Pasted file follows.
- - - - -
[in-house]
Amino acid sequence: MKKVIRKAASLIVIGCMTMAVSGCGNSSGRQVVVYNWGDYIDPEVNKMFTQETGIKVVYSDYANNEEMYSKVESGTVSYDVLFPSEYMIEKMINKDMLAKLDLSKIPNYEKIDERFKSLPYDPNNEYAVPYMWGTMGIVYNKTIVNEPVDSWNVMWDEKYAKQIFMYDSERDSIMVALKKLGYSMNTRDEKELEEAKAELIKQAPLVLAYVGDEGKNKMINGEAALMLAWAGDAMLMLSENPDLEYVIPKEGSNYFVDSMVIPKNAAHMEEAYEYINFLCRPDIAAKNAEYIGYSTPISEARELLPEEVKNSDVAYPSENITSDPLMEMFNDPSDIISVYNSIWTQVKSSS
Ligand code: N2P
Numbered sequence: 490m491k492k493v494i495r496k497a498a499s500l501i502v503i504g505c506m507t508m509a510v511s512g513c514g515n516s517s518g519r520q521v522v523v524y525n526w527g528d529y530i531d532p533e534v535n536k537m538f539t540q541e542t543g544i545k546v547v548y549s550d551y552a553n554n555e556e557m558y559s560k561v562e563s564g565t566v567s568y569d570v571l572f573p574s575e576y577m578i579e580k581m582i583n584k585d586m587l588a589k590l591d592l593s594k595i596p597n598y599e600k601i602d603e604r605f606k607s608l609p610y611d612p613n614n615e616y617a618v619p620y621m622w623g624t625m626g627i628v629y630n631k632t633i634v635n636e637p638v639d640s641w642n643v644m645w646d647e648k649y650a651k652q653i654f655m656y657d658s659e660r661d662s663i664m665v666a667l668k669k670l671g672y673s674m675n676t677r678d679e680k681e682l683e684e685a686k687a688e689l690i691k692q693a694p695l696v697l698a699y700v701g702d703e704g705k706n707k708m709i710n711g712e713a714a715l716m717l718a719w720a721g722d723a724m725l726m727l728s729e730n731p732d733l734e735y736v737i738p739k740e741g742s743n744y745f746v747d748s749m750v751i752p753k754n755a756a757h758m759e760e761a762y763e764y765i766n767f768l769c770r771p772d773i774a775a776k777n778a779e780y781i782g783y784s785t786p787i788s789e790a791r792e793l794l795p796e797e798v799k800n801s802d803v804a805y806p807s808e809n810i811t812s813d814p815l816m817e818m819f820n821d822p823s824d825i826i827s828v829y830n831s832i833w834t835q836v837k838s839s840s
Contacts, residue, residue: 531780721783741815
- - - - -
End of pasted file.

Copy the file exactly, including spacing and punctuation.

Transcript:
[in-house]
Amino acid sequence: MKKVIRKAASLIVIGCMTMAVSGCGNSSGRQVVVYNWGDYIDPEVNKMFTQETGIKVVYSDYANNEEMYSKVESGTVSYDVLFPSEYMIEKMINKDMLAKLDLSKIPNYEKIDERFKSLPYDPNNEYAVPYMWGTMGIVYNKTIVNEPVDSWNVMWDEKYAKQIFMYDSERDSIMVALKKLGYSMNTRDEKELEEAKAELIKQAPLVLAYVGDEGKNKMINGEAALMLAWAGDAMLMLSENPDLEYVIPKEGSNYFVDSMVIPKNAAHMEEAYEYINFLCRPDIAAKNAEYIGYSTPISEARELLPEEVKNSDVAYPSENITSDPLMEMFNDPSDIISVYNSIWTQVKSSS
Ligand code: N2P
Numbered sequence: 490m491k492k493v494i495r496k497a498a499s500l501i502v503i504g505c506m507t508m509a510v511s512g513c514g515n516s517s518g519r520q521v522v523v524y525n526w527g528d529y530i531d532p533e534v535n536k537m538f539t540q541e542t543g544i545k546v547v548y549s550d551y552a553n554n555e556e557m558y559s560k561v562e563s564g565t566v567s568y569d570v571l572f573p574s575e576y577m578i579e580k581m582i583n584k585d586m587l588a589k590l591d592l593s594k595i596p597n598y599e600k601i602d603e604r605f606k607s608l609p610y611d612p613n614n615e616y617a618v619p620y621m622w623g624t625m626g627i628v629y630n631k632t633i634v635n636e637p638v639d640s641w642n643v644m645w646d647e648k649y650a651k652q653i654f655m656y657d658s659e660r661d662s663i664m665v666a667l668k669k670l671g672y673s674m675n676t677r678d679e680k681e682l683e684e685a686k687a688e689l690i691k692q693a694p695l696v697l698a699y700v701g702d703e704g705k706n707k708m709i710n711g712e713a714a715l716m717l718a719w720a721g722d723a724m725l726m727l728s729e730n731p732d733l734e735y736v737i738p739k740e741g742s743n744y745f746v747d748s749m750v751i752p753k754n755a756a757h758m759e760e761a762y763e764y765i766n767f768l769c770r771p772d773i774a775a776k777n778a779e780y781i782g783y784s785t786p787i788s789e790a791r792e793l794l795p796e797e798v799k800n801s802d803v804a805y806p807s808e809n810i811t812s813d814p815l816m817e818m819f820n821d822p823s824d825i826i827s828v829y830n831s832i833w834t835q836v837k838s839s840s
Contacts, residue, residue: 531780721783741815